4. Suzie!!!! take a deep breath…now go down to the local liquor store and get yourself a bottle of wine, pop that sucker open on your walk home and count to ten. Remember, this is your day …… and the blokes, but YOUR day regardless, this isn’t about the 250 plus people or your colleagues plus ones and their dog muffy, nope…this is about YOU. Things will work out beautifully in the end and on your big day you will look back on this day and laugh. You will be surrounded by not only the love of your life but your family and friends that mean the most to you……who are there for YOU guys not just for a slice of cake and party favors. ~ love you girl *hey and check into that Go Fund Me….hahahahaha*

  5. Ah huge congratulations! I was the same, I got engaged in the September and swore I was going to wait until after Christmas before I started planning anything and would just enjoy being engaged. By the end of the October almost everything was booked! X

  6. I pared my wedding way down when I realized the cost of food. I realized that there are a lot of people that you can delete from your list by deciding if you will talk to them in 10 years. I invited a total of 12 work colleagues, I only speak to one of them now 10 years later. Do yourself a favor, envision anybody that you won’t be friends with in the next 10 years go ahead and delete those people 😝

  7. I personally would prefer to give cash. That way the couple can spend it on what THEY want or need to begin their new lives together. The bad side of that is that they get to see how poor I am! (A/K/A cheap)

  8. Congratulations, Suzie, to both you and your hubby-to-be. My husband and I were in our early 30’s when we married, and we paid for our own, too. We went real simple – we had a reception at a fireman’s hall, and I got married early in the day so I wouldn’t be nervous all day long. Our “meal” was a brunch. Everyone said they’d never had a wedding brunch before. It was a lot of fun, and we’ve been together 27 years this year. He’s still my best friend.

      • We had all sorts of breakfast foods – mini pancakes, eggs, ham, bacon, sausages, pastries. We had wedding cake, too, of course. I’ve always been different so I did my wedding my way. I insisted we not have any of those silly wedding “traditions” they have here – the chicken dance and shoving the cake in each others’ faces. I was too shy to do anything over the top. I’m glad I insisted we have it my way.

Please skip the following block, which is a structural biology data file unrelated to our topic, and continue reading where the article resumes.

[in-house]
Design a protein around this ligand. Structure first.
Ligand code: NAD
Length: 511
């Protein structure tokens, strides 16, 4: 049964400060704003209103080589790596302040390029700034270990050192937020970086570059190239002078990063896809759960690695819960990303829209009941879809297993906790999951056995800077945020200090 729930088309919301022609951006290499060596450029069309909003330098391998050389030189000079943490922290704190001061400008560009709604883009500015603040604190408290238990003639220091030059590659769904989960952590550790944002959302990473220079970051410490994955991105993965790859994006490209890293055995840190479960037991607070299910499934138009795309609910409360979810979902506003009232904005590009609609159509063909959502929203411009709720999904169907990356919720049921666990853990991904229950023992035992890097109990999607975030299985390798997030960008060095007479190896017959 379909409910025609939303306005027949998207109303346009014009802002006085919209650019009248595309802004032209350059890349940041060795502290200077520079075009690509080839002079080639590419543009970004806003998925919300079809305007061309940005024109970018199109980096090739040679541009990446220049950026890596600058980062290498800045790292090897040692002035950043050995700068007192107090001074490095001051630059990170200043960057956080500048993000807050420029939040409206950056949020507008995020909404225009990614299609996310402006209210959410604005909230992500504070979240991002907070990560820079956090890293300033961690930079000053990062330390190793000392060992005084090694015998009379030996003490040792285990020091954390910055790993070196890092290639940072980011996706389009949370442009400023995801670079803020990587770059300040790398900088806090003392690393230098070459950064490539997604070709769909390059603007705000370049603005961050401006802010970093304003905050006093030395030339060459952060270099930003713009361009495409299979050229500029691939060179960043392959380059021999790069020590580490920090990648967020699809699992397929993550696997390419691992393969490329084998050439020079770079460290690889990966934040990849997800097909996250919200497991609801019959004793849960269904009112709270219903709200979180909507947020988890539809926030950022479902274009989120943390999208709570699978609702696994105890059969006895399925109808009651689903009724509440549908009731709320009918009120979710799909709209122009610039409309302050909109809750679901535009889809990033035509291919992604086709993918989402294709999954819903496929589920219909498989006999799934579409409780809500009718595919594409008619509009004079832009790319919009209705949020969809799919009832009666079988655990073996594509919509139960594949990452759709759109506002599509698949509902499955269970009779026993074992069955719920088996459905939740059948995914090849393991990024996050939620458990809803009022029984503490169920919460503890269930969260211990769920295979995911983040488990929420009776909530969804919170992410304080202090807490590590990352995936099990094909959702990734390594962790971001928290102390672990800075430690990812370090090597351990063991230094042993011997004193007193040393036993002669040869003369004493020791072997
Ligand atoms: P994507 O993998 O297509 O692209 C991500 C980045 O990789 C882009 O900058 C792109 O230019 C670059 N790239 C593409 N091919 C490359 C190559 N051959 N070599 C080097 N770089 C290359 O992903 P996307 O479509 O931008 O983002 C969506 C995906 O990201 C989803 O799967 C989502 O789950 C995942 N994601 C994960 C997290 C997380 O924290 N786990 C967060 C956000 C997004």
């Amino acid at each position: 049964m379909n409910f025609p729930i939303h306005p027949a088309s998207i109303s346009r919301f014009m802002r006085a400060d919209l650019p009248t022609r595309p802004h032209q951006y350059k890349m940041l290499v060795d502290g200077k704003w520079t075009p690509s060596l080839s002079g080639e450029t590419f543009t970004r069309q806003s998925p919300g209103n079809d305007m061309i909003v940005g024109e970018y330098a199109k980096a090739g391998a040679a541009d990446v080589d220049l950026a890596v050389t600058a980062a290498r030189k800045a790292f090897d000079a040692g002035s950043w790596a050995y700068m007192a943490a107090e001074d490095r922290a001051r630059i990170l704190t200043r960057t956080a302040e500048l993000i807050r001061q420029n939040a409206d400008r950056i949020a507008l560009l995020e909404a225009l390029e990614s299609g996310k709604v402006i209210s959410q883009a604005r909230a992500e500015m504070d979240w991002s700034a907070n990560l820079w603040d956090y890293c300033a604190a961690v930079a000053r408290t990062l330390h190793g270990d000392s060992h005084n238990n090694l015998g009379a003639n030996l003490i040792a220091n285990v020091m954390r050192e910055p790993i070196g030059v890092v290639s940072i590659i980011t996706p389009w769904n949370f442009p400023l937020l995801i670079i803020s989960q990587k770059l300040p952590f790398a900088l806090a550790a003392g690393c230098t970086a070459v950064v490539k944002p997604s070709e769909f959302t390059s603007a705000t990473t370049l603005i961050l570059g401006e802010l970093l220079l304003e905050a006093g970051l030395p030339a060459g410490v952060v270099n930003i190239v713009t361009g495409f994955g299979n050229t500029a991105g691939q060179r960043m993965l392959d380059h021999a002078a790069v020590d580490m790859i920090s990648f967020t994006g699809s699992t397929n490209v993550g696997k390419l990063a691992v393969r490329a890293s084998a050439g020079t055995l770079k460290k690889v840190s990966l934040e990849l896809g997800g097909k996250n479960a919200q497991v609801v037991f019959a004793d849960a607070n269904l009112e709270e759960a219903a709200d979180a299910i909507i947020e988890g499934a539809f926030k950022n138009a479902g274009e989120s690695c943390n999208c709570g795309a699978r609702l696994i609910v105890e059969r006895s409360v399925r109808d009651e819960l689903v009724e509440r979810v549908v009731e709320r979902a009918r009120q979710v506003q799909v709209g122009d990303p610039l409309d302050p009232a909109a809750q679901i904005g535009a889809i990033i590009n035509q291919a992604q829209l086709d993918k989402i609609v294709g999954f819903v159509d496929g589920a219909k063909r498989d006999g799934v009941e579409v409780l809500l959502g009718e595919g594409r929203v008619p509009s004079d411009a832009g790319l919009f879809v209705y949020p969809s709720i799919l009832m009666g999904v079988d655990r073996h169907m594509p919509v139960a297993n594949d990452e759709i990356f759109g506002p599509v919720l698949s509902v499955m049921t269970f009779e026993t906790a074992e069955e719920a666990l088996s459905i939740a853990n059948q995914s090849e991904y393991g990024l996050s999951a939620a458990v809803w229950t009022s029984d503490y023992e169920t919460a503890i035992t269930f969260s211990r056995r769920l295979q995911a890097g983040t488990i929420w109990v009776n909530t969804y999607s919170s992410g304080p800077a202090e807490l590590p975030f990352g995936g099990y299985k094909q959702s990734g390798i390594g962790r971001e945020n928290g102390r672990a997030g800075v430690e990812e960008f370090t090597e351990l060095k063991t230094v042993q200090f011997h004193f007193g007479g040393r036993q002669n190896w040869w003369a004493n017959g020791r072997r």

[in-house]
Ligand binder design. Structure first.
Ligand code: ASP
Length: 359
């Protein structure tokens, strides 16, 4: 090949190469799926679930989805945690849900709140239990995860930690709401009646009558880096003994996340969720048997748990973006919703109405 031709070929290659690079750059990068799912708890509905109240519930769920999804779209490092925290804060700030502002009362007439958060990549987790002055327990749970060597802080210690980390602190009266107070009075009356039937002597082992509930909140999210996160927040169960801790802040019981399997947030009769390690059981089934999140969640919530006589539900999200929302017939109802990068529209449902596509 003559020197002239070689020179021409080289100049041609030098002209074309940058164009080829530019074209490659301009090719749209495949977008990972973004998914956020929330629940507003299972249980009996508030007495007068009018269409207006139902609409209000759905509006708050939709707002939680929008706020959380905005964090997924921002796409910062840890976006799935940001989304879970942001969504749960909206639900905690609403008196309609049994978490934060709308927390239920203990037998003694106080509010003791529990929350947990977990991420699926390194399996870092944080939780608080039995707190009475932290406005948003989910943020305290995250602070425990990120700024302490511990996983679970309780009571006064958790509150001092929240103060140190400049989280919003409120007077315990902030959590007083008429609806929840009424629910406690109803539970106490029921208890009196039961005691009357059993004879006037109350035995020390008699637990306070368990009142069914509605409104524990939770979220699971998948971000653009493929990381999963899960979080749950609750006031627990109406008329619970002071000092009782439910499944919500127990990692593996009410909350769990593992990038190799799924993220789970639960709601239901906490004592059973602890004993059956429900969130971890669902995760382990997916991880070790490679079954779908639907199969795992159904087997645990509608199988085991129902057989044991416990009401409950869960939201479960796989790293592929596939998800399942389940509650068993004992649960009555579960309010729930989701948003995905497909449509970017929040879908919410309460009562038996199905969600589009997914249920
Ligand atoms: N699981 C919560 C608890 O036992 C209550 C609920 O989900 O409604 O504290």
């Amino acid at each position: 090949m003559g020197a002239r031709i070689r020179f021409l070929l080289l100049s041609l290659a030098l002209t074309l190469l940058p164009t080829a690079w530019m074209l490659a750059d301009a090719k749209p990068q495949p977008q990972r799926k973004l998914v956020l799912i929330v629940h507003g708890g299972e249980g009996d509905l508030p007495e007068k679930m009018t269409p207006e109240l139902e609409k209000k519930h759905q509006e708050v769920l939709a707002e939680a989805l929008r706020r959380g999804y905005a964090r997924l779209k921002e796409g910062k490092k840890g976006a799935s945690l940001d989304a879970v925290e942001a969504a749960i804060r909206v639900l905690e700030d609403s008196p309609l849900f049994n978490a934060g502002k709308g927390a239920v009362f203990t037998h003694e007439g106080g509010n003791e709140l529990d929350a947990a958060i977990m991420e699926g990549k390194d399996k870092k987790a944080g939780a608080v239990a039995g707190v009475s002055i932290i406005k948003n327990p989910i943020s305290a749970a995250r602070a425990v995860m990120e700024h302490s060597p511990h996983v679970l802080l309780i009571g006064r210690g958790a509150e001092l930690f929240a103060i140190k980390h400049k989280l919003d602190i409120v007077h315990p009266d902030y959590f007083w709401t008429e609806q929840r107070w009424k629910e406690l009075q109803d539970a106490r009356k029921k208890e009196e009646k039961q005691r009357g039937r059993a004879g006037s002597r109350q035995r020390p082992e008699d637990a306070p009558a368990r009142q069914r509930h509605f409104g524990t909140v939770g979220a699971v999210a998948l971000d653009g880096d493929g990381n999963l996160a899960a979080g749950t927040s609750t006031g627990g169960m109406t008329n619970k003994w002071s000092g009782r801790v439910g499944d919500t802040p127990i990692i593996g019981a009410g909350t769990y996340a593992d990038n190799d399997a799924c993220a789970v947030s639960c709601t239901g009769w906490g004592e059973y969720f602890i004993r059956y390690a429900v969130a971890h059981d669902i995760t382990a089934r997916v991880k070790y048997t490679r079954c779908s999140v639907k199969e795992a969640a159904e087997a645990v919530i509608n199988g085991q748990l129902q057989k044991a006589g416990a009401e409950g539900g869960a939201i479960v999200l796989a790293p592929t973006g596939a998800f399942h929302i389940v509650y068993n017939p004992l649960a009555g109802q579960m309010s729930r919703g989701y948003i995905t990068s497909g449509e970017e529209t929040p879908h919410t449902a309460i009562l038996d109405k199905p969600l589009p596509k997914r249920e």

9. You are organized and on it, Suzie!! Simple is best but if it’s your first (and hopefully last) wedding, it’s got to have some bells and whistles! I’m sure your journey will have some great blog posts for us to read πŸ™‚

  10. Weddings are just so much fun to look at things, think of things, plan things, re-plan things, change things… it’s a real life version of playing paper dolls, dress one in this, change it. This will all come together. The guest list, to me, is the absolute hardest thing in the world. When my daughter was married, they wanted a small, intimate ceremony. The little chapel where they were wed held 25 people. We put up folding chairs for ten more. They had two lists, an “A” and “B” list. It was difficult. I still have a friend who, after 7 years still refers to herself as a “B” lister. Just always repeat to yourself, “This is our wedding, not yours” Say this often and with feeling. No matter what, you will be a most beautiful and radiant bride to a very handsome groom. The people who end up at your wedding will be those who are the most important to your lives and will love being with you. Have fun with it all! Keep us all posted, those of us who are excited for you from a distance, and through blogging! ❀

  11. I can’t imagine you could even pretend to be a Bridezilla, Suzie and I believe you’ll figure it all out perfectly. πŸ™‚
    Dropped by from Elena’s #BlogShareLearn but I’m always glad to visit you. πŸ™‚
    Hope the week ahead treats you kindly. πŸ™‚